From The LATimes.com
Traffic deaths in Los Angeles rose sharply despite a high-profile campaign by Mayor Eric Garcetti and other city leaders to eliminate fatal traffic crashes.
In 2016, the first full year that Garcetti’s Vision Zero policy was in effect in L.A., 260 people were killed in traffic crashes on city streets, an increase of almost 43% over the previous year.
Rising traffic deaths appear to be more than a one-year aberration: So far in 2017, crash fatalities are 22% higher than in the same period last year.
When Garcetti announced L.A.’s Vision Zero, he sought a 20% drop in traffic deaths by the end of 2017. This year’s higher fatality rate and some funding questions underscore the challenges the program still faces.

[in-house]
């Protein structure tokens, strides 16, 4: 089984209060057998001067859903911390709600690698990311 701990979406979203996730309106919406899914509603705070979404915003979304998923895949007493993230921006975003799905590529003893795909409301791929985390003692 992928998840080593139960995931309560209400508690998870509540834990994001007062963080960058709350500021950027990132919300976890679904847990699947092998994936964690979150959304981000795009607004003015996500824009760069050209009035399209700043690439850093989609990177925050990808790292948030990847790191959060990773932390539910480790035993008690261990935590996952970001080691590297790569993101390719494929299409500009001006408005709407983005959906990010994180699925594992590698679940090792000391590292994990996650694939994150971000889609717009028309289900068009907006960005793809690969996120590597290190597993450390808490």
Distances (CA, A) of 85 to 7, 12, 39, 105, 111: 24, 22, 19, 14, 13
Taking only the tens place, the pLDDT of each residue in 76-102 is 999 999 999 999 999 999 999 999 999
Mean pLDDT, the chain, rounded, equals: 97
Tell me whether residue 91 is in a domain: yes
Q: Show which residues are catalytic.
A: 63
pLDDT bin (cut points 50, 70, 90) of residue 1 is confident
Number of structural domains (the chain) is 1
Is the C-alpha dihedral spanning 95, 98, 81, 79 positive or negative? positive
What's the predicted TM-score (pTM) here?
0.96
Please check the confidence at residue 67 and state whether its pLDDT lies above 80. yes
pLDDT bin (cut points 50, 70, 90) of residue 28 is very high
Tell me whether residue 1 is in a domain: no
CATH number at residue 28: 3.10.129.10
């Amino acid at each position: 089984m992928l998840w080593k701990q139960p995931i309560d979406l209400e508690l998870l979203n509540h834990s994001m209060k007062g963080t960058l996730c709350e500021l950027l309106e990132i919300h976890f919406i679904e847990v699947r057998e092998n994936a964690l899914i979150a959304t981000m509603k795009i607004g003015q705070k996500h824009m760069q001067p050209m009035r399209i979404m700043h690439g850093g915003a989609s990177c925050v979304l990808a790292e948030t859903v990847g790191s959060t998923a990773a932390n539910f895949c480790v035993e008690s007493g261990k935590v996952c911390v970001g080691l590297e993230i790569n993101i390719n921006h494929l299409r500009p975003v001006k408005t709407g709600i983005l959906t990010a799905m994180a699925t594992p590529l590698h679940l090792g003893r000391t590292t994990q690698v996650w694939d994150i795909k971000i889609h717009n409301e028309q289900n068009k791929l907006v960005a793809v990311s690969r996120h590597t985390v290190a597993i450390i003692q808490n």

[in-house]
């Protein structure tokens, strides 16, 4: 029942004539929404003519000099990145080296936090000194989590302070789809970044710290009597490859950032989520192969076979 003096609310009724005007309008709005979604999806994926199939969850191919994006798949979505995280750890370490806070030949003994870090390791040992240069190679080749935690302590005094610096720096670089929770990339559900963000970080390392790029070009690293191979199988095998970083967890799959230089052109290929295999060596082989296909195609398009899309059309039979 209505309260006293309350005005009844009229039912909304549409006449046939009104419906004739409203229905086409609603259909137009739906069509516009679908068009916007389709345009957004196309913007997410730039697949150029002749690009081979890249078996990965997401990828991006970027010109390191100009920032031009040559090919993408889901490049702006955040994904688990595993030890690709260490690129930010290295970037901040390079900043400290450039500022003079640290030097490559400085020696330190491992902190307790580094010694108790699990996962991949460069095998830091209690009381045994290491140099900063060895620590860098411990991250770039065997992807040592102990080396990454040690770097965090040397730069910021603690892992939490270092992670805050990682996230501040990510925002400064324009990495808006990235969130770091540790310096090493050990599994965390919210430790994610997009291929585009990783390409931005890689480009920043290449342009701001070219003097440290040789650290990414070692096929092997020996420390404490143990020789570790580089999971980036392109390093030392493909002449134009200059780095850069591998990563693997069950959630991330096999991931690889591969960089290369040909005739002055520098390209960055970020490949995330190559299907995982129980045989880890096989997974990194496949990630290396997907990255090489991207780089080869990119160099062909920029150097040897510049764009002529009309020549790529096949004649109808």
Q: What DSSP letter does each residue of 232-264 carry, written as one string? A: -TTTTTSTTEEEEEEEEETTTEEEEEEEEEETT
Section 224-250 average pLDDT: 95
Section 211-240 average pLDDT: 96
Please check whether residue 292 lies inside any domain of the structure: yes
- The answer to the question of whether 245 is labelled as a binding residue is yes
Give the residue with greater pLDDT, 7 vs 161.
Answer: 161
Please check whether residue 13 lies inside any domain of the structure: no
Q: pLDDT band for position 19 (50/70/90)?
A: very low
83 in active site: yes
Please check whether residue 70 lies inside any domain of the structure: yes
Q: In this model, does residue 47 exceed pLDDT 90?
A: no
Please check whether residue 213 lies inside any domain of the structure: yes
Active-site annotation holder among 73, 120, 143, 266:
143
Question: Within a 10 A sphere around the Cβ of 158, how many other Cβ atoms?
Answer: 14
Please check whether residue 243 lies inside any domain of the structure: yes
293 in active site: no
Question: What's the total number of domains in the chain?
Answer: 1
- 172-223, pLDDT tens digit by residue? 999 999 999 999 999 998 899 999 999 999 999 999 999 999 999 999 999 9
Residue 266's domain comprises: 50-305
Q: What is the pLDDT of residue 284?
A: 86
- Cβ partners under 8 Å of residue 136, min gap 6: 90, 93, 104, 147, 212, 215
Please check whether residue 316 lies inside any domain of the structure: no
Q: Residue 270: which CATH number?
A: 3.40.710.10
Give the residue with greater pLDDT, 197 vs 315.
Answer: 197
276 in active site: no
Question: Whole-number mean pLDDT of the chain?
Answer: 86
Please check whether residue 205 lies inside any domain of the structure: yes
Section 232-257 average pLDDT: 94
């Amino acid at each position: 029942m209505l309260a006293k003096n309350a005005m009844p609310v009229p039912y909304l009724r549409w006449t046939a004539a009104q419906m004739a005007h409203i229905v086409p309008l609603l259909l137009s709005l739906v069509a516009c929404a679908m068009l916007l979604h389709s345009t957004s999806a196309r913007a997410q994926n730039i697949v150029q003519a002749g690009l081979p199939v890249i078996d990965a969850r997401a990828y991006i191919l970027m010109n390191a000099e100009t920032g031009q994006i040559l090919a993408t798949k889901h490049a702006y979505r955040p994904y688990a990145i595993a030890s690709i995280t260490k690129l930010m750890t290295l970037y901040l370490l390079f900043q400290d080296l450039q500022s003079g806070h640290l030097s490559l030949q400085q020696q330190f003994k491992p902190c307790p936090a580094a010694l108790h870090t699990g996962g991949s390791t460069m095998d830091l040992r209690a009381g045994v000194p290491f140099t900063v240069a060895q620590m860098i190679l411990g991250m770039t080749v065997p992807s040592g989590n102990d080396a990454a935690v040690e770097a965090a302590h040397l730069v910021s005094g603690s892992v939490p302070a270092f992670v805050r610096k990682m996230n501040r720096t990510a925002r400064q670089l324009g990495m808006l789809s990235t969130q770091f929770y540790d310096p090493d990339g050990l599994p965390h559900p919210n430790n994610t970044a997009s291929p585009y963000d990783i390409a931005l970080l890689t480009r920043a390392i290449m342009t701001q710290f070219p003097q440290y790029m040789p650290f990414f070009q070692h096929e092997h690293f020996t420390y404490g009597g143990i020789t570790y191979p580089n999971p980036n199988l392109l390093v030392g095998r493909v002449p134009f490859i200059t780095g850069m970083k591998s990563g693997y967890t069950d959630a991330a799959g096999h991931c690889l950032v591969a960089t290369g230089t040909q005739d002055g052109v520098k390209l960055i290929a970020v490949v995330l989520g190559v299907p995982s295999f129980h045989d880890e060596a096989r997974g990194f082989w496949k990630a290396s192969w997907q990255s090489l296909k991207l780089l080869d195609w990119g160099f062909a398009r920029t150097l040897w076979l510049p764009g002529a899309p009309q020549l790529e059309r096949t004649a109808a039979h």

Vision Zero’s advocates say they have spent more than a year analyzing traffic collision data to pinpoint a series of corridors that have seen the most serious injuries and deaths. Some of those streets are due to receive overhauls aimed at slowing down drivers and reducing fatalities.
Los Angeles’ increase in traffic deaths outpaces national trends. In 2016, 40,200 people died in crashes involving cars, a 6% increase over the previous year, according to the National Safety Council.